A t-shirt, a baseball hat, and a long piece of paper showing a cartoony lowercase G with a pupil in it; the hat says "Geocities".

GeoCities, Ghost Towns

As a warning, there is something you need to know before you read this rewrite of an article from my old blog:

The only way it will work. (Image courtesy of the Internet Archive’s gifcities.org)

Now that we’ve got that out of the way, remember GeoCities? For those who don’t, it was a website builder that was popular in the late 1990’s and early 2000’s.

For old people like me who were alive back then, some of us mock how blindingly bad many of the sites made in GeoCities looked, but others of us feel nostalgic for an internet that wasn’t tracking our every move.

No matter how anyone feels about GeoCities, it was a great introduction to web coding and page ownership at the time and it paved the way for the many website creation sites and social media platforms of today.

The Beginning

According to The David Bohnett Foundation, the foundation’s namesake was the founder of GeoCities and created it in 1994. Co-founded with John Rezner, the platform was originally called Beverly Hills Internet, but the name was quickly changed to GeoCities in June 1995 when it was released to the public according to New York University’s Dead Media Archive.

According to a capture of the original GeoCities “What is GeoCities?” page as it was on October 25, 1996 on the Internet Archive’s Wayback Machine, the main feature of the site was letting users choose “neighborhoods” based on what they wanted to make their site about and then get a “street address” number for it.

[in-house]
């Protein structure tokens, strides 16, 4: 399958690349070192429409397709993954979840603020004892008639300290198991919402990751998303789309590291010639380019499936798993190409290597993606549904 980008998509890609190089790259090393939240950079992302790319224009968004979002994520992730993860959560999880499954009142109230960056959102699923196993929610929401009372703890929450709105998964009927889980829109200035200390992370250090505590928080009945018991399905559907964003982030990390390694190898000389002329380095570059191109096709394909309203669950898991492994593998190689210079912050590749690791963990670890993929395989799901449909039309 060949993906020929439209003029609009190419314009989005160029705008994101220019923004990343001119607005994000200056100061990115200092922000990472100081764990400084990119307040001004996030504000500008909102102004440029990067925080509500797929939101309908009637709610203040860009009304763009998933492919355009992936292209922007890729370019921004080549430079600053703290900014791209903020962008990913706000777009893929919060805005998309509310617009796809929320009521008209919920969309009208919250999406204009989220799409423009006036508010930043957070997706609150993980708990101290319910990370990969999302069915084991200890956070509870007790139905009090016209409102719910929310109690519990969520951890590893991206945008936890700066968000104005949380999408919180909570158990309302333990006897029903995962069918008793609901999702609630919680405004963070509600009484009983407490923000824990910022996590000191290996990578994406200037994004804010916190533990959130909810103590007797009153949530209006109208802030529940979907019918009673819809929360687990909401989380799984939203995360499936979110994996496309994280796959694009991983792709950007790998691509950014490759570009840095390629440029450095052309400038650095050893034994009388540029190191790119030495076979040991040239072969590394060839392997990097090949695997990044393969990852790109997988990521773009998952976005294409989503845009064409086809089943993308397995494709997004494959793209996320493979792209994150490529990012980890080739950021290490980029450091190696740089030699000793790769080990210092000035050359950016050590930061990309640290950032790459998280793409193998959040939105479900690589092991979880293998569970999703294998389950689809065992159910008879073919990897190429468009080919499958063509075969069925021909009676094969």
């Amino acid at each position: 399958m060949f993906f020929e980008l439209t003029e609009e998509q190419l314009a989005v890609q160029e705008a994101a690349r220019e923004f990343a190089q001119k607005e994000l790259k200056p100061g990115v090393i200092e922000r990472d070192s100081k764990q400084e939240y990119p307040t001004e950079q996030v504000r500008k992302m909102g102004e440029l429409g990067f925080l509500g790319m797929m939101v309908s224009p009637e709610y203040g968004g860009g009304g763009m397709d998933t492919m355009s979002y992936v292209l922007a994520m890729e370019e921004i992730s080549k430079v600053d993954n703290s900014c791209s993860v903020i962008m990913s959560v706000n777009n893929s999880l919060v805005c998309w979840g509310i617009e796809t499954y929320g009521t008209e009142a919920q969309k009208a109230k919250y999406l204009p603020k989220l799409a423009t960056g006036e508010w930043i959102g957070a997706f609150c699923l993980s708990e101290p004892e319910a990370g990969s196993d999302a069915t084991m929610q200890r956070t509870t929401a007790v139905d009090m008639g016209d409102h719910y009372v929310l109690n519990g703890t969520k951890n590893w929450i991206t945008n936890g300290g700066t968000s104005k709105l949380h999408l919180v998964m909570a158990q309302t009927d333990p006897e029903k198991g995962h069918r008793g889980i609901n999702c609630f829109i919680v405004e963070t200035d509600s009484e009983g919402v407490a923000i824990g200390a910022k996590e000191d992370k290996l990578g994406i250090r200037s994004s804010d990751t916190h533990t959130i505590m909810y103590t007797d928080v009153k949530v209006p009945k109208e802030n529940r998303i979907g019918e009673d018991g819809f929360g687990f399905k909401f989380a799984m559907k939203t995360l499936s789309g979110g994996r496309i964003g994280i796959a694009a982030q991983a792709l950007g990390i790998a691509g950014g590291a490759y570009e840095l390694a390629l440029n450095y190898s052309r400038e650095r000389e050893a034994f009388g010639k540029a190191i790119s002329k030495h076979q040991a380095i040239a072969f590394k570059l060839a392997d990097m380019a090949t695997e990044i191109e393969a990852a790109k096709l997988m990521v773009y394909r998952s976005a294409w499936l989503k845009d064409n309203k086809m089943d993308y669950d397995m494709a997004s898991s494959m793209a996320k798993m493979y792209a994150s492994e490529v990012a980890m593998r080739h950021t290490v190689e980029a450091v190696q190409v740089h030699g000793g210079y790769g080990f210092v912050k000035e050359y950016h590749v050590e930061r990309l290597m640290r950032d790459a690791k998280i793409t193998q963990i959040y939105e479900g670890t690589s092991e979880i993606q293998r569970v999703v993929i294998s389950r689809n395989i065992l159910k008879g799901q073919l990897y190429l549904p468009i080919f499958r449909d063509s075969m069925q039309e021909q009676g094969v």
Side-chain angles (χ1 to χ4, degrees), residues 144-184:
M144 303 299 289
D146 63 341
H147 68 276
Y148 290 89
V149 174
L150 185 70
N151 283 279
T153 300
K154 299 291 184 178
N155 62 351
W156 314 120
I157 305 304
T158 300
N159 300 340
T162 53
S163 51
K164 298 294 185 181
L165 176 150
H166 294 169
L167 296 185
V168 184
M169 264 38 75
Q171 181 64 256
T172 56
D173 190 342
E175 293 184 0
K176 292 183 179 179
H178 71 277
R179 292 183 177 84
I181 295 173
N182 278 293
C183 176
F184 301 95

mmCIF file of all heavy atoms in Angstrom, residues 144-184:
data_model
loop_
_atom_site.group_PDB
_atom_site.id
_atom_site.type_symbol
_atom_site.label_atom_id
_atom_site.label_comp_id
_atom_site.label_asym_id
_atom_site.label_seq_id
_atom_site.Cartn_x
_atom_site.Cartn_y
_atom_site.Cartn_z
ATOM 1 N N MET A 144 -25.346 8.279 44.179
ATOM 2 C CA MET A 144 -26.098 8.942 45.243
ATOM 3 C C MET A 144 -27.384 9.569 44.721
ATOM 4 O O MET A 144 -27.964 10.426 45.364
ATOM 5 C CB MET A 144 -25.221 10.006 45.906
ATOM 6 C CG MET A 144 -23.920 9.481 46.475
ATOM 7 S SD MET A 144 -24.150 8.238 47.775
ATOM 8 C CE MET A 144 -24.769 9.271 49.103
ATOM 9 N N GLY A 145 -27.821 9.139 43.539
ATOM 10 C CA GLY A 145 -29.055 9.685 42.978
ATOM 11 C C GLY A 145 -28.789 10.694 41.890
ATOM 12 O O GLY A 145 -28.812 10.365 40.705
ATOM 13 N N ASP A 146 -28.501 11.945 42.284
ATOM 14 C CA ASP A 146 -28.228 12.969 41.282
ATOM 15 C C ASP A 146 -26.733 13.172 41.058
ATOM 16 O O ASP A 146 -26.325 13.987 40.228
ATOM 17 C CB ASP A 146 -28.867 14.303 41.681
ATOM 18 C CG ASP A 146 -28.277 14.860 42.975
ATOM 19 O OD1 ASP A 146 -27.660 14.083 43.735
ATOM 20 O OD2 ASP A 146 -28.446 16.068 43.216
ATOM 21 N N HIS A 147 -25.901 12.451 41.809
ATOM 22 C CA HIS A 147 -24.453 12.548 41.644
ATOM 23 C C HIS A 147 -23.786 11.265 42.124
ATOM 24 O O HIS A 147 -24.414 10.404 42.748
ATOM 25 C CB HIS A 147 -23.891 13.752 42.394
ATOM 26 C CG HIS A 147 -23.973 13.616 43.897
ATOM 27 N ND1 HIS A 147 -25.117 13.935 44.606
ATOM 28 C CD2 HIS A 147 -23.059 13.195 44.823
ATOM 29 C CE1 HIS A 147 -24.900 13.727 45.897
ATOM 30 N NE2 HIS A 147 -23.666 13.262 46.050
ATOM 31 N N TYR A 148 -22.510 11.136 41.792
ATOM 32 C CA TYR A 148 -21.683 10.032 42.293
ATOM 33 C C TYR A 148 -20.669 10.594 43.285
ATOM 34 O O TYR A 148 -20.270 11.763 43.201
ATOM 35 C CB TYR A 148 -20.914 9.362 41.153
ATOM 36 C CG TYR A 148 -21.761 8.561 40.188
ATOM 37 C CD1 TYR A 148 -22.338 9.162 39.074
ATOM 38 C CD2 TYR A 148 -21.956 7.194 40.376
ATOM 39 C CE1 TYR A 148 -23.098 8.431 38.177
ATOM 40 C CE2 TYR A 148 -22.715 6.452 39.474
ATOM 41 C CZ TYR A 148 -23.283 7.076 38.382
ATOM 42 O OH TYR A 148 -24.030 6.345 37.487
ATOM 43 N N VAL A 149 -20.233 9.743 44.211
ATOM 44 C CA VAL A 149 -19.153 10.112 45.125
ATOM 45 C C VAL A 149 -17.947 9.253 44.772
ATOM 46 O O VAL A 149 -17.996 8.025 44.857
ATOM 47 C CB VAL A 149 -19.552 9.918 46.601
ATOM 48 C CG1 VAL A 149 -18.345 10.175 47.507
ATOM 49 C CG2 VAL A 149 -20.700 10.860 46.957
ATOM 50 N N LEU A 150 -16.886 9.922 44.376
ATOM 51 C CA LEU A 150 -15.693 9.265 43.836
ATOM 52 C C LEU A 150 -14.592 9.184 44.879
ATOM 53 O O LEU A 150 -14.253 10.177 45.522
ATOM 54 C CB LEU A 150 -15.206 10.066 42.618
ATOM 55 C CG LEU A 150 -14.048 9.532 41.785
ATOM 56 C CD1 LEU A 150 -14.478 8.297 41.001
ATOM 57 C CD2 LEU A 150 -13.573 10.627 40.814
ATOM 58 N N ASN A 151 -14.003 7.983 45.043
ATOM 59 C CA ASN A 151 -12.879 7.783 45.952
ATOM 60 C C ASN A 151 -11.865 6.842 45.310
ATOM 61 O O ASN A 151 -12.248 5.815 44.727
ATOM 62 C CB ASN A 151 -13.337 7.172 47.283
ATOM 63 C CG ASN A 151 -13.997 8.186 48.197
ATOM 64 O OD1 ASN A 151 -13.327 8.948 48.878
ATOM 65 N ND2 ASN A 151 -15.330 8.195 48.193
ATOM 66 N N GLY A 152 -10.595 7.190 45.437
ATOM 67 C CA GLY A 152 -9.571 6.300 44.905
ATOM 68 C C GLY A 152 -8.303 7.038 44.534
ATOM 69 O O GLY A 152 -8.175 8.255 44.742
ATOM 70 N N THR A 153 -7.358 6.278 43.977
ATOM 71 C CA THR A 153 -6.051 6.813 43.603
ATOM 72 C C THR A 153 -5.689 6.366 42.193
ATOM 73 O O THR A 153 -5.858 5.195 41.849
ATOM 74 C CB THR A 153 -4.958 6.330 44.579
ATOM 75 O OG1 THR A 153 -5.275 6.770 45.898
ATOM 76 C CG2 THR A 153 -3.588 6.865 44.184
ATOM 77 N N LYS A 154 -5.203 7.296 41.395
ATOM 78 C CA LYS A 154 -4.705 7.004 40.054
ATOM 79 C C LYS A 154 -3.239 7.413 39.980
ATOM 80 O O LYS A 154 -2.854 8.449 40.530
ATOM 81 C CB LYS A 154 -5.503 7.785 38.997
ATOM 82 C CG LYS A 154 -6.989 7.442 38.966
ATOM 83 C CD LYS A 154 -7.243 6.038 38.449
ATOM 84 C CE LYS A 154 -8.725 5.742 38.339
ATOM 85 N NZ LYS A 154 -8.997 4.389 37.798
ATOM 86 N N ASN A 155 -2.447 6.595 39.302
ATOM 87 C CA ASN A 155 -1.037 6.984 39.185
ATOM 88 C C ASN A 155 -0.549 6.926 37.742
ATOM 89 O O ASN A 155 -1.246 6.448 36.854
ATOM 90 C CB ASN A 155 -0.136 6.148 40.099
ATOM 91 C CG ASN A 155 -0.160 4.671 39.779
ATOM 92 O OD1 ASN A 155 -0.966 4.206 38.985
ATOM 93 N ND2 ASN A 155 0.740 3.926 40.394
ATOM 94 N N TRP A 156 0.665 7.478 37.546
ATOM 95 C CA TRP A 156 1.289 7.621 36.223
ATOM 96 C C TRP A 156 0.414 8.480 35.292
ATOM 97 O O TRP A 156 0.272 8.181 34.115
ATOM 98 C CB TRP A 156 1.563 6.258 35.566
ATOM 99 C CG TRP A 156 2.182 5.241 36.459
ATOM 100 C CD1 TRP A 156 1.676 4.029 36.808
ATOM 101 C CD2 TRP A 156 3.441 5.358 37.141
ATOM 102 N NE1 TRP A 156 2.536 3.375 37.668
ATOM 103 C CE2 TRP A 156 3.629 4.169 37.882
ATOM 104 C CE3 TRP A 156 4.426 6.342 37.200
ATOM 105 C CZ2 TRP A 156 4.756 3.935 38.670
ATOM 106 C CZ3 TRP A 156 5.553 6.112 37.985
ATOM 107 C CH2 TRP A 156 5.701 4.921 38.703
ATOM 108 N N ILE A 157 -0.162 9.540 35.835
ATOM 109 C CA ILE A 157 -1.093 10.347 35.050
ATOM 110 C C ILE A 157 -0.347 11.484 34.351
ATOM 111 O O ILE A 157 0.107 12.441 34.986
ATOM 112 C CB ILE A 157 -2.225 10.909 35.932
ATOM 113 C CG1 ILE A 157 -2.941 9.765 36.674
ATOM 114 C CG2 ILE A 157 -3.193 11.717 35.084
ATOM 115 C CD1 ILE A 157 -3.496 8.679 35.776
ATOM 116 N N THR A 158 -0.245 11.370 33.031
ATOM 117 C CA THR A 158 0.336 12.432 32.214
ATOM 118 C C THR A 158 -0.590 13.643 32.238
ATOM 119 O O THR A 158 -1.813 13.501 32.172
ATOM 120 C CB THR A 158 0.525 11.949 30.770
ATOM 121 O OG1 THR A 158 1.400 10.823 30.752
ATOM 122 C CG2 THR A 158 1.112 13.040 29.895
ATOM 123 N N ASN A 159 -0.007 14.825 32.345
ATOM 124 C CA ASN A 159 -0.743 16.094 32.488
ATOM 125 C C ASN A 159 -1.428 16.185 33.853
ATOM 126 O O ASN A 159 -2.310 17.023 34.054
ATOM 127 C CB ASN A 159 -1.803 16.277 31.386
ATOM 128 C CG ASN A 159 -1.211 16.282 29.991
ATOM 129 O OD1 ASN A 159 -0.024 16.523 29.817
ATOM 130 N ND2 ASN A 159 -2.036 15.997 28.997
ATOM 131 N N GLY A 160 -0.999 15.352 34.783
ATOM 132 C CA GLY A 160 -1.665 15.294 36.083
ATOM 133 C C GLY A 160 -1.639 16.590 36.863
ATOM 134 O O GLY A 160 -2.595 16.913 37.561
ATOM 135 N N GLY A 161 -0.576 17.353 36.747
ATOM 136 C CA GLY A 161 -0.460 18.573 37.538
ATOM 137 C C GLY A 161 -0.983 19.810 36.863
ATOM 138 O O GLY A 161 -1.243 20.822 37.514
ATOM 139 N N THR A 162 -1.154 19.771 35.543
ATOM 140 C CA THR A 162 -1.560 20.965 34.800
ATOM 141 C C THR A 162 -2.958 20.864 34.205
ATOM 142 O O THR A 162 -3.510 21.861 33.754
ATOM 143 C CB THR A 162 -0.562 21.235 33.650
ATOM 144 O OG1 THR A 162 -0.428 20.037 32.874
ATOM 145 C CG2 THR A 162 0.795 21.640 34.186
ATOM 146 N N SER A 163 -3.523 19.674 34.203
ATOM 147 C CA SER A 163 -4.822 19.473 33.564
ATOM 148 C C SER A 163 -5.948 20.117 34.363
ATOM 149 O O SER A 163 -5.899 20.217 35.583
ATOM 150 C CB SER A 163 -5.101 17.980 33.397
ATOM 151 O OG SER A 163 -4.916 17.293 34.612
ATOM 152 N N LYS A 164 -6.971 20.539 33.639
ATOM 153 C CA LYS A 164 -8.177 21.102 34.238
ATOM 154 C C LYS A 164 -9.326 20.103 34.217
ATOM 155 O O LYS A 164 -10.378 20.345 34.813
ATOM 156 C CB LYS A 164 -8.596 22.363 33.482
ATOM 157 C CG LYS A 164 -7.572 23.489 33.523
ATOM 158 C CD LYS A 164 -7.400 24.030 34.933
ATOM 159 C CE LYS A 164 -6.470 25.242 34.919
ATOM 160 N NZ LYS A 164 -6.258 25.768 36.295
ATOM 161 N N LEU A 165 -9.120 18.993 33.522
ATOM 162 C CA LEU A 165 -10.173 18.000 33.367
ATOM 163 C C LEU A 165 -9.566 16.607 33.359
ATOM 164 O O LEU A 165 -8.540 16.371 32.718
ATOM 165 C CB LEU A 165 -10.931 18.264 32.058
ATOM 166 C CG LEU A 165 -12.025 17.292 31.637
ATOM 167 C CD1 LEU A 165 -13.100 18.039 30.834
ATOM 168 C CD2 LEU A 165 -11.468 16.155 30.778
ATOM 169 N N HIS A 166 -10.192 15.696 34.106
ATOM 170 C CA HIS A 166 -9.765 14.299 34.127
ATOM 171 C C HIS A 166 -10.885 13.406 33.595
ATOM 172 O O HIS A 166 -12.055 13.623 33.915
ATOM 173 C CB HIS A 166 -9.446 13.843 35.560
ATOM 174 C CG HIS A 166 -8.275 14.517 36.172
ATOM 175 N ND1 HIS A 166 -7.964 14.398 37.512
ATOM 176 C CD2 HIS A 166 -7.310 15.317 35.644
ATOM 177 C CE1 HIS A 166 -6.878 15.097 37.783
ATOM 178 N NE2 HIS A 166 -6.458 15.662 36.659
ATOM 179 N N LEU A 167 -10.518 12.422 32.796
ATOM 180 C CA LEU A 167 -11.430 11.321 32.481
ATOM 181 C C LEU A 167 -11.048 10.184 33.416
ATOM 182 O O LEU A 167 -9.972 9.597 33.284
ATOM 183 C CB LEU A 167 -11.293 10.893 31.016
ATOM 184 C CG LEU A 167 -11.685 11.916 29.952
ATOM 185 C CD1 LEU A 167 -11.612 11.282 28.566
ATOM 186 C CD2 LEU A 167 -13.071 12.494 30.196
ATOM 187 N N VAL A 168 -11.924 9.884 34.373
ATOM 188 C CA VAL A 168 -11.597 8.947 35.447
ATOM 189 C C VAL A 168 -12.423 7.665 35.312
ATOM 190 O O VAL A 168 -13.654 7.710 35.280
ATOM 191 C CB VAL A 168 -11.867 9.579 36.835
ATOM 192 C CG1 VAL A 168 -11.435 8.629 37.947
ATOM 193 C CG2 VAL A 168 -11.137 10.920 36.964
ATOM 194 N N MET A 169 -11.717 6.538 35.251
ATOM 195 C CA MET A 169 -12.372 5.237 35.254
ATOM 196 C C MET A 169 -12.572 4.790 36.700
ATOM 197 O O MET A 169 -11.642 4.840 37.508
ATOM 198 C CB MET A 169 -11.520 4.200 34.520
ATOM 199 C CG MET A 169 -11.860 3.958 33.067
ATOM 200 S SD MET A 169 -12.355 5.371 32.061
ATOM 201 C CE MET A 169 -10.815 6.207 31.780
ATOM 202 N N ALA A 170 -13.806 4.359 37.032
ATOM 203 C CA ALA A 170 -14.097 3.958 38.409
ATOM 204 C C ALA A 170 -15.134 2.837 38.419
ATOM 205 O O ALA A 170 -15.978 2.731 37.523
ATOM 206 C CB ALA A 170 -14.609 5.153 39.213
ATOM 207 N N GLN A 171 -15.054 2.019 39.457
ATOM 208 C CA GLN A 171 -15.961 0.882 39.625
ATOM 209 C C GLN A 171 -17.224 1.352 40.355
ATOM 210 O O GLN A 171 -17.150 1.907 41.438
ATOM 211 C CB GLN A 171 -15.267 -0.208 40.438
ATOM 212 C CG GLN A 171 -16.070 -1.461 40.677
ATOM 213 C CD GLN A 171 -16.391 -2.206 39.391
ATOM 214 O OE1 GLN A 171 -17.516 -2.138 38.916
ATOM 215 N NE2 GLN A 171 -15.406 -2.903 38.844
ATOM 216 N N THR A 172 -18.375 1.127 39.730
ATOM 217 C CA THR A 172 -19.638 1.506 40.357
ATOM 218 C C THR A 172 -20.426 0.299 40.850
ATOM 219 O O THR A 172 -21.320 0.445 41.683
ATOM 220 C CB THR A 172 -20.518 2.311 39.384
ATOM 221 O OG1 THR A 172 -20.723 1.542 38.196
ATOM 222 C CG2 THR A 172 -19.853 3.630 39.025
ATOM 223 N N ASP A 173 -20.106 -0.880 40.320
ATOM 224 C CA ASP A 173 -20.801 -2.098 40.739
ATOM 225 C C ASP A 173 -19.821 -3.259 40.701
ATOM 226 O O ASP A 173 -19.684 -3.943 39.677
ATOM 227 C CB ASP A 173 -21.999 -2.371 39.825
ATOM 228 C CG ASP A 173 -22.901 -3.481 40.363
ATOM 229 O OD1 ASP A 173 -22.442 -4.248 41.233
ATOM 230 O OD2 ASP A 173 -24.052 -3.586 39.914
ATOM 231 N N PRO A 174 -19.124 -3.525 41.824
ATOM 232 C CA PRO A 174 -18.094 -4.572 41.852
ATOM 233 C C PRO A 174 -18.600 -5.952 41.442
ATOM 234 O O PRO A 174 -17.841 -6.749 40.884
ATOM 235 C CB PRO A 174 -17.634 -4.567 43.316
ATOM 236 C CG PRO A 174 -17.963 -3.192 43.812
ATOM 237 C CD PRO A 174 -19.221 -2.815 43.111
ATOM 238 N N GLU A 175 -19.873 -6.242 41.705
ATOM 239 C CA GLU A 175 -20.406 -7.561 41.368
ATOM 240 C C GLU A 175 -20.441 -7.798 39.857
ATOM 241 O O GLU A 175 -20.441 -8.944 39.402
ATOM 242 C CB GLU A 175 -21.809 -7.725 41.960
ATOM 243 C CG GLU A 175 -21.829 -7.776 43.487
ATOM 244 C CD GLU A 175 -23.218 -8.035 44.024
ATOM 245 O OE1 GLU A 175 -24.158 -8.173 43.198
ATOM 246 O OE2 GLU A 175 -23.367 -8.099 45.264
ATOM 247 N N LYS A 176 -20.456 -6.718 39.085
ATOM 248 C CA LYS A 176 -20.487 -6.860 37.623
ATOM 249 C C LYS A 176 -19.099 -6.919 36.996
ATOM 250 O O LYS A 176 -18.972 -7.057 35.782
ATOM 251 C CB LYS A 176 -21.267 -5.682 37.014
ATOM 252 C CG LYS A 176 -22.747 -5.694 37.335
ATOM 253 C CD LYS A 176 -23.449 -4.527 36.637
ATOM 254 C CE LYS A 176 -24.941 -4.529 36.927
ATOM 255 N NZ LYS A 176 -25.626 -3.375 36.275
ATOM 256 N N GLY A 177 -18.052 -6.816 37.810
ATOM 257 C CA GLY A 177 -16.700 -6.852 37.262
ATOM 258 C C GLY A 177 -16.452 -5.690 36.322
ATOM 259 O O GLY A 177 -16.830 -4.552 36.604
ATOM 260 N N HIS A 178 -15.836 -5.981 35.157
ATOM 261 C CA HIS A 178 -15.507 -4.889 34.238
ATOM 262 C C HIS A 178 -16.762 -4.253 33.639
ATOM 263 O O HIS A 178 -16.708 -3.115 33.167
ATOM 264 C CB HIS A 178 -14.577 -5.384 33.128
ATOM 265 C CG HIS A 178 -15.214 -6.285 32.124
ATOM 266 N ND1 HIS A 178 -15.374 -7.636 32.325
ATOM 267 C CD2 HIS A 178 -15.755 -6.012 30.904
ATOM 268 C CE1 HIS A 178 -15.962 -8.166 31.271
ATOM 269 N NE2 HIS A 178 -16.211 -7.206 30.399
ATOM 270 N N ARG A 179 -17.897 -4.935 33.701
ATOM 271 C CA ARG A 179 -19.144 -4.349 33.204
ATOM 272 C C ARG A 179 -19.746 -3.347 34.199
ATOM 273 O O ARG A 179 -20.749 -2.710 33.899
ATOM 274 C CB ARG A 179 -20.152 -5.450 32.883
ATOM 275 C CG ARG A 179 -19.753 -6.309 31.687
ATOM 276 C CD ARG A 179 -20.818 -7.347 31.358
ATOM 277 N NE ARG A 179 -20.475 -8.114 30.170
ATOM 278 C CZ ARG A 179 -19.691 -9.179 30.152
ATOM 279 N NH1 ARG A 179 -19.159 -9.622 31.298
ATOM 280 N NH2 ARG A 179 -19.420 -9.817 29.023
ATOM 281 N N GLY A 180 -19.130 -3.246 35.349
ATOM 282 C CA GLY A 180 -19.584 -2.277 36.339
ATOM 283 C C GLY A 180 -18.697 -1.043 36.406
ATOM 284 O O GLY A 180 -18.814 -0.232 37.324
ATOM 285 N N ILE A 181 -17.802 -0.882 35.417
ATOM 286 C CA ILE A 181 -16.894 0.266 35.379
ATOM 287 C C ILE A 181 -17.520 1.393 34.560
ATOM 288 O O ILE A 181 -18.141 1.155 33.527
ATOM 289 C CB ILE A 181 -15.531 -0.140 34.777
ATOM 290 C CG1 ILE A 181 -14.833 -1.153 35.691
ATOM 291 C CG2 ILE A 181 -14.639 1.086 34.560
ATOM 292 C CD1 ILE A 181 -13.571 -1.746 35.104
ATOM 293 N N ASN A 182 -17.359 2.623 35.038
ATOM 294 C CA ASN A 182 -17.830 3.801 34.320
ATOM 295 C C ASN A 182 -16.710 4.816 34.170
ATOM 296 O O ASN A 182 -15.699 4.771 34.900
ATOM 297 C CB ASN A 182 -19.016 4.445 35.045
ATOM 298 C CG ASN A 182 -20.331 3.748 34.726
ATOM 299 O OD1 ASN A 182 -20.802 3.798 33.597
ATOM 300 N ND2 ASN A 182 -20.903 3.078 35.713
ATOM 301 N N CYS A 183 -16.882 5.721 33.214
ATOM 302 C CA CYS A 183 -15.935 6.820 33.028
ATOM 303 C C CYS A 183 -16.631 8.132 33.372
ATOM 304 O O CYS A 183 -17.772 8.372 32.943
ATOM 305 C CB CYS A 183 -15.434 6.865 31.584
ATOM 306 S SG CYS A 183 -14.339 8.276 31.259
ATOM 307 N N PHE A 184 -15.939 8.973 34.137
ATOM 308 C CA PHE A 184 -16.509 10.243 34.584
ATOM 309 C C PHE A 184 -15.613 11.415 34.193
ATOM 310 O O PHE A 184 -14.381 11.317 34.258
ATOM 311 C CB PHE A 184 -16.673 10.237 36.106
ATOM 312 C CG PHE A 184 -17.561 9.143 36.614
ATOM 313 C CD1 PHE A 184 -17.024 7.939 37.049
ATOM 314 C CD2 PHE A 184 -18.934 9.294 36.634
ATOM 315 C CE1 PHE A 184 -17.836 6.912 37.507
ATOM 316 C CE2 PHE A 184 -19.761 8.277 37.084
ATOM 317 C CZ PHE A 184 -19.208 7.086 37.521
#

The same GeoCities page’s rationale for this states “Our philosophy ha[d] always been that locations on the internet become easier to relate to when they are rich with content and closely identified with an actual idea or location.”

In non-PR talk, the creators of GeoCities felt people couldn’t understand how web pages worked without winking and nodding to the real-world. This assumption was reasonable since the world wide web had only begun to take over the planet when GeoCities first launched.

This 1996 GeoCities masthead was brought to you by the letter “G” and some random boxes. (Courtesy of the Internet Archive’s Wayback Machine)

For example, on the GeoCities 1996 neighborhood directory on the Internet Archive’s Wayback Machine, people who wanted to make a site about movies would sign up for a “Hollywood” address whereas users obsessed with science-fiction would move in somewhere at “Area 51”. Because of this system, URLs created on GeoCities between 1994 and 1999 would look like this: